European agriculture’s future under discussion: online survey

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Agricultural policy is about many things, including not only food production and safety, public health, environment, climate and trade; it is also to consider the cumulative impacts of numerous modern challenges on different aspects of agro-policies and tackling climate and biodiversity challenges from other parts of the economy. The EU agro-policy is being discussed with a view to vital changes.

This year started with the Commission’s address to farmers to consider the challenges that the European farmers were facing, such as dramatic and increasing climate disasters, in the form of droughts, wildfires and floods, as well as that of energy, fertilizers and transport. However, farmers proceeded with increased production of most products, such as grain and meat, milk, fruits and vegetables.
Thus, during 2015-22, added production in EU agriculture increased by 28 percent and income per unit of work in agriculture increased by 43 percent. Today, the EU is the world’s largest food exporter: the surplus of exports over imports amounted to €58 billion.
For example, during 2023 the agro-surplus amounted to over €40 billion, with exports increasing by 5 percent (compared to 2022) and imports decreasing by 2 percent.
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Strategic Dialogue
In January 2024, the Commission launched a EU-wide Strategic Dialogue on the Future of Agriculture; it was aimed at bringing together a diverse group of actors from the European agro-food sector to find common solutions for the future of agricultural development.
The dialogue will contribute to developing a joint understanding of the future EU farming and food system among all actors across the whole agro-food chain, including farmers, co-operatives, agro-business and rural communities, as well as non-governmental organizations and civil society representatives, financial institutions and academia. The strategic dialogue will address challenges and opportunities, such as a fair standard of living for farmers and rural communities, supporting agriculture within the boundaries of our planet and its ecosystems, exploiting the huge opportunities offered by knowledge and technological innovation and promoting a thriving future for the EU’s food system in a competitive world. By combining different perspectives, the dialogue aims to foster the creation of new solutions and to bring about a common vision by summer 2024.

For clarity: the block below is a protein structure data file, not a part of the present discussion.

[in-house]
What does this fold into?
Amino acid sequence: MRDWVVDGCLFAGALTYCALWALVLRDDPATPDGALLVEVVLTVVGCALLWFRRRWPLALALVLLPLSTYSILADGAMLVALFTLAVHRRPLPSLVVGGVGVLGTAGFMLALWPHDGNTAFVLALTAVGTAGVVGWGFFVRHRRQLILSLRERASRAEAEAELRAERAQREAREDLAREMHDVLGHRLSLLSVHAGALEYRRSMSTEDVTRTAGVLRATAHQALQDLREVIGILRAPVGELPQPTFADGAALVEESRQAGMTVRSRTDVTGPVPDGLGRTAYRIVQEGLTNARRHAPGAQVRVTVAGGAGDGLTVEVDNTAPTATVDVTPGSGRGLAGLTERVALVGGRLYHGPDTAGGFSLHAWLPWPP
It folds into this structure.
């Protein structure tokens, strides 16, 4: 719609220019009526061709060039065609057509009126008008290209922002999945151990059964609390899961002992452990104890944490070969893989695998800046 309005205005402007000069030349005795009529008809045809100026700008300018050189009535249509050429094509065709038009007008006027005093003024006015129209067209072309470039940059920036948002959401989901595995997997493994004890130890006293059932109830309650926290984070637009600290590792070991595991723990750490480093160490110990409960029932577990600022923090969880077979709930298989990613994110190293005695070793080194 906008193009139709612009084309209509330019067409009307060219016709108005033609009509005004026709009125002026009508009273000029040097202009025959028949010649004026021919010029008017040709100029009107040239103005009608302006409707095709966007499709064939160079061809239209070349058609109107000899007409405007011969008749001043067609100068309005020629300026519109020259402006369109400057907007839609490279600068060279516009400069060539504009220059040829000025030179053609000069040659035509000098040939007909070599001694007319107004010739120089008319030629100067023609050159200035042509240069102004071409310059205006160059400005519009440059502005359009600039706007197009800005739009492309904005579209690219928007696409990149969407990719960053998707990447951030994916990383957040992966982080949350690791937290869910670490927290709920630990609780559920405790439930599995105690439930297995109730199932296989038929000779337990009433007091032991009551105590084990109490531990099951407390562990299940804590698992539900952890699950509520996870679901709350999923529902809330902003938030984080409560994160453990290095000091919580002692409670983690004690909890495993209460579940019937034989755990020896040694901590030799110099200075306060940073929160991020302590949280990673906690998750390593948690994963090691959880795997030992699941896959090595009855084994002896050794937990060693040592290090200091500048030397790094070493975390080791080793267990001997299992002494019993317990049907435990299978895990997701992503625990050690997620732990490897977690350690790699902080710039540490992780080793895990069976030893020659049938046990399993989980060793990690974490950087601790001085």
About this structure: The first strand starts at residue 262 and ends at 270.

Thus, the strategic dialogue aims to cover all policies around agriculture and food production to strengthen the EU-wide approaches in dealing with the current and expected challenges. The dialogue will be an opportunity to hear the perspectives, ambitions, concerns and solutions of farmers and other key stakeholders in the agro-food chain. Besides, it will allow for a focused and targeted discussion to find a common ground for the future of the Union’s agro-food sector.
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Challenges and threats
There are however also threats, which have raised growing concerns for farmers: e.g. farming protests, which have flared up in some countries recently, are largely rooted in national policies; but they have to be addressed from the perspective of the EU-wide policies.
Then, military conflict in Ukraine affected the sector too: the EU aid provided to EU farmers impacted by the war in Ukraine, and which is more vital – the Commission included agriculture in the “extended national state aid”. During 2022-23, farmers in 22 EU states benefited from state aid, amounting to €9.3 billion in total to provide crucial support to the farmers most in need.
However, the EU’s openness to agricultural imports from Ukraine has unfortunately brought significant competitive threats to many of farmers in the member states, with the radically changed market situation. E.g. in 2021, only 16 percent of Ukrainian agricultural exports went to the EU market, during 2022-23, it has been “more than half”, acknowledged the Commissioner for agriculture. Thus, in 2022, agricultural imports from Ukraine to the EU almost doubled, from €7 to €13 billion; in 2023 this import exceeded €12 billion.

Green transition and ecological challenges
Vast majority of the EU farmers during last years showed deep concern about the environment and the green transition; however, many have also expressed concern over their ability to comply with increasing regulations and legal obligations. Thus, presently farmers’ concern is not about the EU Common Agricultural Policy, CAP but rather on legislative initiatives outside the CAP: e.g. the pesticides regulation, the industrial emissions directive and the nature restoration law.
There is a vital recently added element in CAP dealing with the EU-wide “green transition”, which has raised particular concern among farmers, e.g. the obligation to set aside at least 4 percent of arable land on farms over 10 ha to “non-productive areas or features”. In 2023, the Commission suspended this obligation by a delegated act, presently(despite great pressure from farmers) the Commission cannot longer prolong the derogation without amending the basic CAP’s act.